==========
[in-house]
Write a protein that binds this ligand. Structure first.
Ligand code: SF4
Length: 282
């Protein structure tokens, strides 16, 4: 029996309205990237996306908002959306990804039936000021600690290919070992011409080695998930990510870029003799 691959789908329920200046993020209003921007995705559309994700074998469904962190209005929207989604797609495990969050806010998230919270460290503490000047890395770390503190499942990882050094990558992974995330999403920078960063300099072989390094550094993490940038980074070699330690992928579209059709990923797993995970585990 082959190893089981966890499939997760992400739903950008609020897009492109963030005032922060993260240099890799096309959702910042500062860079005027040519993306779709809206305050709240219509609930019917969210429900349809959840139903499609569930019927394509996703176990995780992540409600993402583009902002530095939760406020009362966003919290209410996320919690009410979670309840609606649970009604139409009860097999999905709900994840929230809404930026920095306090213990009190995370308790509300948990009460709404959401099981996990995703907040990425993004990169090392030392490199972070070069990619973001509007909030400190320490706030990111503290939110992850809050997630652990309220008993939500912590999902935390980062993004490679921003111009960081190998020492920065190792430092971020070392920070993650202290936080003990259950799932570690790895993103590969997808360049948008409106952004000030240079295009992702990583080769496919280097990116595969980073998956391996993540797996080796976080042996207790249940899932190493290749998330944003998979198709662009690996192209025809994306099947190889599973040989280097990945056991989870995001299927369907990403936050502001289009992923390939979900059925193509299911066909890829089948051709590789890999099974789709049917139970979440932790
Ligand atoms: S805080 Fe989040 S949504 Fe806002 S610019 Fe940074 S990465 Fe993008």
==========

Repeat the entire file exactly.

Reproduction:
[in-house]
Write a protein that binds this ligand. Structure first.
Ligand code: SF4
Length: 282
């Protein structure tokens, strides 16, 4: 029996309205990237996306908002959306990804039936000021600690290919070992011409080695998930990510870029003799 691959789908329920200046993020209003921007995705559309994700074998469904962190209005929207989604797609495990969050806010998230919270460290503490000047890395770390503190499942990882050094990558992974995330999403920078960063300099072989390094550094993490940038980074070699330690992928579209059709990923797993995970585990 082959190893089981966890499939997760992400739903950008609020897009492109963030005032922060993260240099890799096309959702910042500062860079005027040519993306779709809206305050709240219509609930019917969210429900349809959840139903499609569930019927394509996703176990995780992540409600993402583009902002530095939760406020009362966003919290209410996320919690009410979670309840609606649970009604139409009860097999999905709900994840929230809404930026920095306090213990009190995370308790509300948990009460709404959401099981996990995703907040990425993004990169090392030392490199972070070069990619973001509007909030400190320490706030990111503290939110992850809050997630652990309220008993939500912590999902935390980062993004490679921003111009960081190998020492920065190792430092971020070392920070993650202290936080003990259950799932570690790895993103590969997808360049948008409106952004000030240079295009992702990583080769496919280097990116595969980073998956391996993540797996080796976080042996207790249940899932190493290749998330944003998979198709662009690996192209025809994306099947190889599973040989280097990945056991989870995001299927369907990403936050502001289009992923390939979900059925193509299911066909890829089948051709590789890999099974789709049917139970979440932790
Ligand atoms: S805080 Fe989040 S949504 Fe806002 S610019 Fe940074 S990465 Fe993008």